# Voltages along on a transmission line...

• posted

I know this should be obvious, but I just can't visual the power or voltage distribution on a short, matched transmission line that is, lets say, just one wavelength long: For such a short line, wouldn't the voltage or power vary in amplitude along the matched 360 degree long line, considering that this signal will sinusoidally start out at zero volts at the beginning of the transmission line (0 degrees), then

90 degrees later reach a peak, then 90 degrees later drop to 0V, etc? Yet I never here mention of any amplitude variations on a lossless transmission line except when I read of standing waves on a mismatched line -- but why don't we get measurable amplitude variations due to the rise and fall of the RF signal itself (which would affect RF circuits vs. distance at high microwave frequencies)??

Confused,

-Bill

• posted
** Groper in the dark alert

** You are indeed.

Try to figure out the difference between "amplitude" and instantaneous value.

All continuous waves have both.

...... Phil

• posted

Yes, at any one instant it might look like that. A little later, it will look different. The generator is extruding a sine wave that travels along the line, towards the load, at a goodly fraction of the speed of light. At any intermediate point along the line, there's the same sine wave voltage, just shifted in phase.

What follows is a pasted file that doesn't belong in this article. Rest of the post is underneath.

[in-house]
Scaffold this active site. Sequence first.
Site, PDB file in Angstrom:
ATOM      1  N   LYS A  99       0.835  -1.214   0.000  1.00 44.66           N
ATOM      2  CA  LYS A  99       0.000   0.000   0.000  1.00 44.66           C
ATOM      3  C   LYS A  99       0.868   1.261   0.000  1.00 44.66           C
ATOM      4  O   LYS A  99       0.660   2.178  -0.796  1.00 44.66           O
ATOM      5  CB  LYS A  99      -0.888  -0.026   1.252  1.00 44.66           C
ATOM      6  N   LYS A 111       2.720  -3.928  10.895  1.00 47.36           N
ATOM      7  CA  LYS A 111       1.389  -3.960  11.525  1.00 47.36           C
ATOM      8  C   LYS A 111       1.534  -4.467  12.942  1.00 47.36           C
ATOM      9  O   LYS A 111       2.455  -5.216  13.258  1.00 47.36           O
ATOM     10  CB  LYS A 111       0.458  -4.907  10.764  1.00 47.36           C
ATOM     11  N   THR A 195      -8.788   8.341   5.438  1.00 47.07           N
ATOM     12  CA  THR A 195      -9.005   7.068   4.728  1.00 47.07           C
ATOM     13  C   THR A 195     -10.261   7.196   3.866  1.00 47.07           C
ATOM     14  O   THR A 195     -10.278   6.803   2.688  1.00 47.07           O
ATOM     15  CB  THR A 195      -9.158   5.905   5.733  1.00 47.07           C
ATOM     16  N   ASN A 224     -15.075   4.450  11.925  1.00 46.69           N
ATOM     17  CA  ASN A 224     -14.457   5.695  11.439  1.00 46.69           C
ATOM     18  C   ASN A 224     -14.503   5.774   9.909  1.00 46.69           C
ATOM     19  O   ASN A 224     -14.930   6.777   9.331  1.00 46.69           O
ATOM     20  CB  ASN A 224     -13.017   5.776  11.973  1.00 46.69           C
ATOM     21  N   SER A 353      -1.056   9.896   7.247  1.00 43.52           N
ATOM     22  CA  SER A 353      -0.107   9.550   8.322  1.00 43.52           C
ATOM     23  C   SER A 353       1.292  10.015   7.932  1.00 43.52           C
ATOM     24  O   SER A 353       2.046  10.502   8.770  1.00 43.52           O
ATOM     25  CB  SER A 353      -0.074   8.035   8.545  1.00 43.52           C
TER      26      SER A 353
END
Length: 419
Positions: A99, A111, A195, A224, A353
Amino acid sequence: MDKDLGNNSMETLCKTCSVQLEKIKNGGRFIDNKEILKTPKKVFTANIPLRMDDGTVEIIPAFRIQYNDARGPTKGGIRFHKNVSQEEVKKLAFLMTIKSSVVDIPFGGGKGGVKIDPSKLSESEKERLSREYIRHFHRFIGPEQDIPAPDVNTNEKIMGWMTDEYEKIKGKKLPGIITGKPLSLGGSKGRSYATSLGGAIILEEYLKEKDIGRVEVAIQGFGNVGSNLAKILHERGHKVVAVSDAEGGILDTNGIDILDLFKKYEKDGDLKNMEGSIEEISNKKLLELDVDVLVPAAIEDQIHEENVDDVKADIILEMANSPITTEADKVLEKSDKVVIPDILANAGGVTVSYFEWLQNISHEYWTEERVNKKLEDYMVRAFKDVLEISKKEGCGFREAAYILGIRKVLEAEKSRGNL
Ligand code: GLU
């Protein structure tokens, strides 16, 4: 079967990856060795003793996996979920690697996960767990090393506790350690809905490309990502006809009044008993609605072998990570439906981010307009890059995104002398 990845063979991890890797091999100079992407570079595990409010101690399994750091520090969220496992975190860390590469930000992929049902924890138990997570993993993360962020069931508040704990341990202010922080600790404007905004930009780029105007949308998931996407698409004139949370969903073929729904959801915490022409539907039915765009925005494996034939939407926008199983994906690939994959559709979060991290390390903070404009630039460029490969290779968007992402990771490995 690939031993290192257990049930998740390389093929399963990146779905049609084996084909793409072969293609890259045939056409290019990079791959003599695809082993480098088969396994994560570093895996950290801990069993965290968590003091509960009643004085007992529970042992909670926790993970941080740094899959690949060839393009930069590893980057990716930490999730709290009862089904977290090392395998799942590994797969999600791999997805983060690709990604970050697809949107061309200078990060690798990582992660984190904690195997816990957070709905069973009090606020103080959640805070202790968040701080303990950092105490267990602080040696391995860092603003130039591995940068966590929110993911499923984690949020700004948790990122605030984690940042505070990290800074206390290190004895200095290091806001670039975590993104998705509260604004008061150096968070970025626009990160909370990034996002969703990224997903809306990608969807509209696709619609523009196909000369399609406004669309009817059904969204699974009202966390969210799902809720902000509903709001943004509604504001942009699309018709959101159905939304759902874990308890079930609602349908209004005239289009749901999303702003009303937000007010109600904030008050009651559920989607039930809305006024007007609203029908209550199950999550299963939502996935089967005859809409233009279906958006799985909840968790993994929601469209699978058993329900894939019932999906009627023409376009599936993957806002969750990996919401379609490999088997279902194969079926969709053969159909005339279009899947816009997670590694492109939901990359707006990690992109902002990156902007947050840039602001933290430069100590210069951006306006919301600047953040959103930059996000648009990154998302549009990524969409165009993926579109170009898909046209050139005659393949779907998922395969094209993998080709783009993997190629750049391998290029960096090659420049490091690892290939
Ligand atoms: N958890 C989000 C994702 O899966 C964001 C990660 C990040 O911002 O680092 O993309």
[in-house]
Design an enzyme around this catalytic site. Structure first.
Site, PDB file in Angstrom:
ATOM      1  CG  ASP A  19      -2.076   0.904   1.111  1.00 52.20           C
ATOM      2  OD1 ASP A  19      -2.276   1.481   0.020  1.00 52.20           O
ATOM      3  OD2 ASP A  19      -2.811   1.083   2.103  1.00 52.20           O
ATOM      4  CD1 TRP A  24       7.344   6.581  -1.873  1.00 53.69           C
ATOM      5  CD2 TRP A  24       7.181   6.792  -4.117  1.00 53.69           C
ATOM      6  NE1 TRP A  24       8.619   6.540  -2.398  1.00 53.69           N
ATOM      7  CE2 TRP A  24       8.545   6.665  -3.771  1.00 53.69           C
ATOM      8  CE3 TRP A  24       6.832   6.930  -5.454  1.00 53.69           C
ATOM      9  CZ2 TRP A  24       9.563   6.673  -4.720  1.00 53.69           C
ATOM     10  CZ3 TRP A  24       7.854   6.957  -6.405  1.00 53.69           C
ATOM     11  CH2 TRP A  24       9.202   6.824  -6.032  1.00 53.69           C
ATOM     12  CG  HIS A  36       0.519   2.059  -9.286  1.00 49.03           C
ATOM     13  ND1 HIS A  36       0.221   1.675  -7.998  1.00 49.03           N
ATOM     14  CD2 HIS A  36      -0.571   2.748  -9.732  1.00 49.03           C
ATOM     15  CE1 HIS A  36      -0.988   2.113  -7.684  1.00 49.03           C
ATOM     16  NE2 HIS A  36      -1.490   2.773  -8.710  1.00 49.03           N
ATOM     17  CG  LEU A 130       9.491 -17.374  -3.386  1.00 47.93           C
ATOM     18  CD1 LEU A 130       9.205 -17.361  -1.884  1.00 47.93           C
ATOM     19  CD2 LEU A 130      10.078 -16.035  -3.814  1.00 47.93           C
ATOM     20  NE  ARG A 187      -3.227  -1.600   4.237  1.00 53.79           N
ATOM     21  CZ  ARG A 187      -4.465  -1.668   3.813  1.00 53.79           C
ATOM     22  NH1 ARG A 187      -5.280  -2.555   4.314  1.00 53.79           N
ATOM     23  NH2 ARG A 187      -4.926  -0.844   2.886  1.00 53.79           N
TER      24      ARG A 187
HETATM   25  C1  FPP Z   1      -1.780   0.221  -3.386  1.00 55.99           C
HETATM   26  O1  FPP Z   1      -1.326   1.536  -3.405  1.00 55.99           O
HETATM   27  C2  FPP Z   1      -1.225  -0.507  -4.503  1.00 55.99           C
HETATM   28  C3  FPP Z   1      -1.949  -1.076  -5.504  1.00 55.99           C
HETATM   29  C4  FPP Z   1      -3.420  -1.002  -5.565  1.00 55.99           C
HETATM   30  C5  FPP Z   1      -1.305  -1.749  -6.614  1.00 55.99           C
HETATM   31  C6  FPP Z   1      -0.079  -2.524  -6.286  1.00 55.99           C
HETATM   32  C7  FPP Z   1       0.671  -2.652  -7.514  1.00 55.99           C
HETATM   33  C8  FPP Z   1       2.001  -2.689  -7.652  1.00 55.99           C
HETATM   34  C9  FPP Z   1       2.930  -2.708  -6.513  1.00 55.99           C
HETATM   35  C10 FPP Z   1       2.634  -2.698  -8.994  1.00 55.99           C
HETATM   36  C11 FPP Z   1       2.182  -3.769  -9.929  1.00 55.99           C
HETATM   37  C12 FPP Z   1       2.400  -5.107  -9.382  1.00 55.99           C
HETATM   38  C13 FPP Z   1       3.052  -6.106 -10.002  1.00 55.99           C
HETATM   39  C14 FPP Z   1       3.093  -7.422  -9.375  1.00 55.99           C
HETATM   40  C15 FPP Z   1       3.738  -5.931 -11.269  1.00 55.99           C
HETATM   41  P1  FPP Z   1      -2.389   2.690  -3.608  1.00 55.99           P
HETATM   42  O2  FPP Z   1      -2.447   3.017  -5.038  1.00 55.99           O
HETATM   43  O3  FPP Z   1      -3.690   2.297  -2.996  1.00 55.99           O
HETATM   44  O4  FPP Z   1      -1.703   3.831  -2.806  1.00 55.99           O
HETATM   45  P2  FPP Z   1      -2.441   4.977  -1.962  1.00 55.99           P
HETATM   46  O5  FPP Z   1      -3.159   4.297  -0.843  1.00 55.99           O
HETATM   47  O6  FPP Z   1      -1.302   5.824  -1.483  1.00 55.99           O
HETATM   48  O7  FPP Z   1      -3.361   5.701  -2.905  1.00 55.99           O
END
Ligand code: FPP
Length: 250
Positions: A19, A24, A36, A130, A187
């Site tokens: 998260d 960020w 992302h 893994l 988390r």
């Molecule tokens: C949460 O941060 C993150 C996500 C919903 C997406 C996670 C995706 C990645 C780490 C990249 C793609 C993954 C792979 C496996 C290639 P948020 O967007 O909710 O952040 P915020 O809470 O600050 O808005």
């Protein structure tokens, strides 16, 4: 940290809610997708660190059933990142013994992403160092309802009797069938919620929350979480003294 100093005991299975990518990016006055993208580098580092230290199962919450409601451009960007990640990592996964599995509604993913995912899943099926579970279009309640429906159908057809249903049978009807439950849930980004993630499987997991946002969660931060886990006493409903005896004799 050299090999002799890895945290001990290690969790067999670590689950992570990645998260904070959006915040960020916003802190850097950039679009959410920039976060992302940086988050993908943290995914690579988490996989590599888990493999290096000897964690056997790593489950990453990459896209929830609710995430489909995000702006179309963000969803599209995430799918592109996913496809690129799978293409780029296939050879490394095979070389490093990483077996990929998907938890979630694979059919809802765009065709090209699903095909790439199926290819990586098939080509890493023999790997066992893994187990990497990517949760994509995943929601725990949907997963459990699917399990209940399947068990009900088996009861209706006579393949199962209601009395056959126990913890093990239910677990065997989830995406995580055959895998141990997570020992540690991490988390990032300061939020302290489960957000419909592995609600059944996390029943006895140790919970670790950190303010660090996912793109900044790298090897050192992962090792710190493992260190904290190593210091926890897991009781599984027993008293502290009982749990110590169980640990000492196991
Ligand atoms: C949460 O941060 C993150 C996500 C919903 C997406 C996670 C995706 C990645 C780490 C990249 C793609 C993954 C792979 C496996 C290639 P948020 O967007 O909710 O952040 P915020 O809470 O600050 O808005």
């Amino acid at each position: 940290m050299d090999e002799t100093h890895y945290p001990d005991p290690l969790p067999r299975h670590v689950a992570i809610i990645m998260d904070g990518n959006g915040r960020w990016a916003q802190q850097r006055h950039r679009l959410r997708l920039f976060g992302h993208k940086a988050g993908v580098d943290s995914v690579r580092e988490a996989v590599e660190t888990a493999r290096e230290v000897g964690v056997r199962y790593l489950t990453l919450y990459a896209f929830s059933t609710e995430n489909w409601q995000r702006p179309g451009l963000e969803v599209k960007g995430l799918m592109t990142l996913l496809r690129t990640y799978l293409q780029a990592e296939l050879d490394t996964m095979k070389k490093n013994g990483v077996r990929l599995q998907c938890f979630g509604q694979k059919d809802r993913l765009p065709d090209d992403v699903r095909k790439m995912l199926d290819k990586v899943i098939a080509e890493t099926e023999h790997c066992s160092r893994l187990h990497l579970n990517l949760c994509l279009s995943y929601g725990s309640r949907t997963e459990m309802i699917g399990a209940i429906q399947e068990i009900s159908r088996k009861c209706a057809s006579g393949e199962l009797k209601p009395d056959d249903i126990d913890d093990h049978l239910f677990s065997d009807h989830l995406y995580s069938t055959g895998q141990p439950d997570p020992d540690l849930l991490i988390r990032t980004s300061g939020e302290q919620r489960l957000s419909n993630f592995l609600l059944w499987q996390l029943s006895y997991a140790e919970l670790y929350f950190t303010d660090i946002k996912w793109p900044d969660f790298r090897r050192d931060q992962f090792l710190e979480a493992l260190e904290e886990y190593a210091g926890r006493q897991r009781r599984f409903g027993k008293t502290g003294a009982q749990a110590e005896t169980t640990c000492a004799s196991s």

If you measure any point along the line with an oscilloscope, you'll see the sine wave rise and fall. If you measure it with a voltmeter, it will look the same everywhere. It's a matter of the time scale over which you take the measurements.

If the line is unmatched, there will be waves traveling in both directions, in which case the voltmeter will see different voltages in different places, as the waves add in some locations and subtract in others.

John

• posted

Fantastic info John -- that really cleared up my confusion on this subject!

Thanks again for the great help!

-Bill

• posted

Although you seem to have cleared this up, here's a thought exercise:

You have a driver output that has an effective rise time of 300 picoseconds (not uncommon nowadays). It is driving a 6 inch track.

On FR4, the transmission velocity is approximately 160 picoseconds per inch. So at the initiation of the transmission, the line is 0V everywhere.

At 50% amplitude output (at the driver, and assuming 3.3V systems and a linear output) the voltage 1 inch away **is still zero**; i.e. the energy has not yet reached this point.

Now continue this until the entire system has stabilised.

Cheers

PeteS

• posted

A matched line will have uniform RF voltage along its length, since there are no standing waves. A (theoretical) time domain voltage probe would show the same signal, delayed in phase by (vf * distance from source)/wavelength in free space.

Frank Raffaeli

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